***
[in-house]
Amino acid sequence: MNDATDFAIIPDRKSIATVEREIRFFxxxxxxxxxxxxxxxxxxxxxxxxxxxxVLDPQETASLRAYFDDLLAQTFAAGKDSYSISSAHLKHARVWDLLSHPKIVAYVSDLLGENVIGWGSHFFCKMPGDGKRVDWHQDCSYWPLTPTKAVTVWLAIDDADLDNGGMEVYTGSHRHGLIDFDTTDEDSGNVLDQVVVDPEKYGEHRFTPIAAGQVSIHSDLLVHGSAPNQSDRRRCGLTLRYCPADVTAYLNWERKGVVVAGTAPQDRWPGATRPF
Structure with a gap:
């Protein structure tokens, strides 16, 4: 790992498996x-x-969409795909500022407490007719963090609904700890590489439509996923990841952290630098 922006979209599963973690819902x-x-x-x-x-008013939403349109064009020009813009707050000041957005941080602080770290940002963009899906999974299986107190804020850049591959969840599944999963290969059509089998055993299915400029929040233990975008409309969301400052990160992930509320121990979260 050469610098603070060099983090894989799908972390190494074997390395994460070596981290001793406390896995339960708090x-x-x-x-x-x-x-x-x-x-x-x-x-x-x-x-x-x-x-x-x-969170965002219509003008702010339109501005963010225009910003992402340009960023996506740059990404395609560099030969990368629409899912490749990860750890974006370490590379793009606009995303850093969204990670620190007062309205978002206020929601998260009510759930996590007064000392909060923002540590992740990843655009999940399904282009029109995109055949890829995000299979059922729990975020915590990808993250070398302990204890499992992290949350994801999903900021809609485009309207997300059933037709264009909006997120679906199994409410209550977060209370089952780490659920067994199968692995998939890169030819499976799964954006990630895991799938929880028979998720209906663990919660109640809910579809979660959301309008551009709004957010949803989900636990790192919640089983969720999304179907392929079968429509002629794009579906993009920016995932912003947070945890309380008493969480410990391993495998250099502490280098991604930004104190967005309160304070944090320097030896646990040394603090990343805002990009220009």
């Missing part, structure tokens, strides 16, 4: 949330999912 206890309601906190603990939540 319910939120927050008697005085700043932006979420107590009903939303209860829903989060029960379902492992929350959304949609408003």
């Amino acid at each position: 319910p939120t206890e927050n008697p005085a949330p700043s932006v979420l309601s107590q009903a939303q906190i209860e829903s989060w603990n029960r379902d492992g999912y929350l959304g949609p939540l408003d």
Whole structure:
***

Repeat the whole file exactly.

[in-house]
Amino acid sequence: MNDATDFAIIPDRKSIATVEREIRFFxxxxxxxxxxxxxxxxxxxxxxxxxxxxVLDPQETASLRAYFDDLLAQTFAAGKDSYSISSAHLKHARVWDLLSHPKIVAYVSDLLGENVIGWGSHFFCKMPGDGKRVDWHQDCSYWPLTPTKAVTVWLAIDDADLDNGGMEVYTGSHRHGLIDFDTTDEDSGNVLDQVVVDPEKYGEHRFTPIAAGQVSIHSDLLVHGSAPNQSDRRRCGLTLRYCPADVTAYLNWERKGVVVAGTAPQDRWPGATRPF
Structure with a gap:
């Protein structure tokens, strides 16, 4: 790992498996x-x-969409795909500022407490007719963090609904700890590489439509996923990841952290630098 922006979209599963973690819902x-x-x-x-x-008013939403349109064009020009813009707050000041957005941080602080770290940002963009899906999974299986107190804020850049591959969840599944999963290969059509089998055993299915400029929040233990975008409309969301400052990160992930509320121990979260 050469610098603070060099983090894989799908972390190494074997390395994460070596981290001793406390896995339960708090x-x-x-x-x-x-x-x-x-x-x-x-x-x-x-x-x-x-x-x-x-969170965002219509003008702010339109501005963010225009910003992402340009960023996506740059990404395609560099030969990368629409899912490749990860750890974006370490590379793009606009995303850093969204990670620190007062309205978002206020929601998260009510759930996590007064000392909060923002540590992740990843655009999940399904282009029109995109055949890829995000299979059922729990975020915590990808993250070398302990204890499992992290949350994801999903900021809609485009309207997300059933037709264009909006997120679906199994409410209550977060209370089952780490659920067994199968692995998939890169030819499976799964954006990630895991799938929880028979998720209906663990919660109640809910579809979660959301309008551009709004957010949803989900636990790192919640089983969720999304179907392929079968429509002629794009579906993009920016995932912003947070945890309380008493969480410990391993495998250099502490280098991604930004104190967005309160304070944090320097030896646990040394603090990343805002990009220009």
């Missing part, structure tokens, strides 16, 4: 949330999912 206890309601906190603990939540 319910939120927050008697005085700043932006979420107590009903939303209860829903989060029960379902492992929350959304949609408003």
């Amino acid at each position: 319910p939120t206890e927050n008697p005085a949330p700043s932006v979420l309601s107590q009903a939303q906190i209860e829903s989060w603990n029960r379902d492992g999912y929350l959304g949609p939540l408003d």
Whole structure: